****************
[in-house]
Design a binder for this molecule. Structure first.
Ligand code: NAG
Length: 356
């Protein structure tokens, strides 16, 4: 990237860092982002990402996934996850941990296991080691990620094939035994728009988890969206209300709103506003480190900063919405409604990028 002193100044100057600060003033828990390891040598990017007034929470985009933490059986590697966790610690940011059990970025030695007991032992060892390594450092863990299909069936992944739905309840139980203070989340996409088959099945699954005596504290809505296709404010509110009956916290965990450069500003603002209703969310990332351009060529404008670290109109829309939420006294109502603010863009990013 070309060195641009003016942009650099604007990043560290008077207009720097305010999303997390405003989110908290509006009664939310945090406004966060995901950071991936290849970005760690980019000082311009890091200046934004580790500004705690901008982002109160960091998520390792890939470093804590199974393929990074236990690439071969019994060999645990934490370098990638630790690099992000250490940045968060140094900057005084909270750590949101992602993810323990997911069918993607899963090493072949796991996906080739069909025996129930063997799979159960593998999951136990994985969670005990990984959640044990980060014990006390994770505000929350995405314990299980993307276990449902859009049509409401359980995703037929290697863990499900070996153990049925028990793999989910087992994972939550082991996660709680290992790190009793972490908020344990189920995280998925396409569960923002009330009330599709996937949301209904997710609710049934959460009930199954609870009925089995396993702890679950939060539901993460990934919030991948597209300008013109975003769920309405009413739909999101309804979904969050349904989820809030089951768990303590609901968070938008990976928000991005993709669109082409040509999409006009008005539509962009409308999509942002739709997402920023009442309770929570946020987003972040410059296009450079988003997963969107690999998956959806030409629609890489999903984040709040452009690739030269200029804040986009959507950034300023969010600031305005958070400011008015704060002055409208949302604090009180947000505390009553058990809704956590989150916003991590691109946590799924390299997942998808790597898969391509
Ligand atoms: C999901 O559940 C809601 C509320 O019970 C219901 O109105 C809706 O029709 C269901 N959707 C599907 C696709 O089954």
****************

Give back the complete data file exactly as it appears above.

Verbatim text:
[in-house]
Design a binder for this molecule. Structure first.
Ligand code: NAG
Length: 356
């Protein structure tokens, strides 16, 4: 990237860092982002990402996934996850941990296991080691990620094939035994728009988890969206209300709103506003480190900063919405409604990028 002193100044100057600060003033828990390891040598990017007034929470985009933490059986590697966790610690940011059990970025030695007991032992060892390594450092863990299909069936992944739905309840139980203070989340996409088959099945699954005596504290809505296709404010509110009956916290965990450069500003603002209703969310990332351009060529404008670290109109829309939420006294109502603010863009990013 070309060195641009003016942009650099604007990043560290008077207009720097305010999303997390405003989110908290509006009664939310945090406004966060995901950071991936290849970005760690980019000082311009890091200046934004580790500004705690901008982002109160960091998520390792890939470093804590199974393929990074236990690439071969019994060999645990934490370098990638630790690099992000250490940045968060140094900057005084909270750590949101992602993810323990997911069918993607899963090493072949796991996906080739069909025996129930063997799979159960593998999951136990994985969670005990990984959640044990980060014990006390994770505000929350995405314990299980993307276990449902859009049509409401359980995703037929290697863990499900070996153990049925028990793999989910087992994972939550082991996660709680290992790190009793972490908020344990189920995280998925396409569960923002009330009330599709996937949301209904997710609710049934959460009930199954609870009925089995396993702890679950939060539901993460990934919030991948597209300008013109975003769920309405009413739909999101309804979904969050349904989820809030089951768990303590609901968070938008990976928000991005993709669109082409040509999409006009008005539509962009409308999509942002739709997402920023009442309770929570946020987003972040410059296009450079988003997963969107690999998956959806030409629609890489999903984040709040452009690739030269200029804040986009959507950034300023969010600031305005958070400011008015704060002055409208949302604090009180947000505390009553058990809704956590989150916003991590691109946590799924390299997942998808790597898969391509
Ligand atoms: C999901 O559940 C809601 C509320 O019970 C219901 O109105 C809706 O029709 C269901 N959707 C599907 C696709 O089954």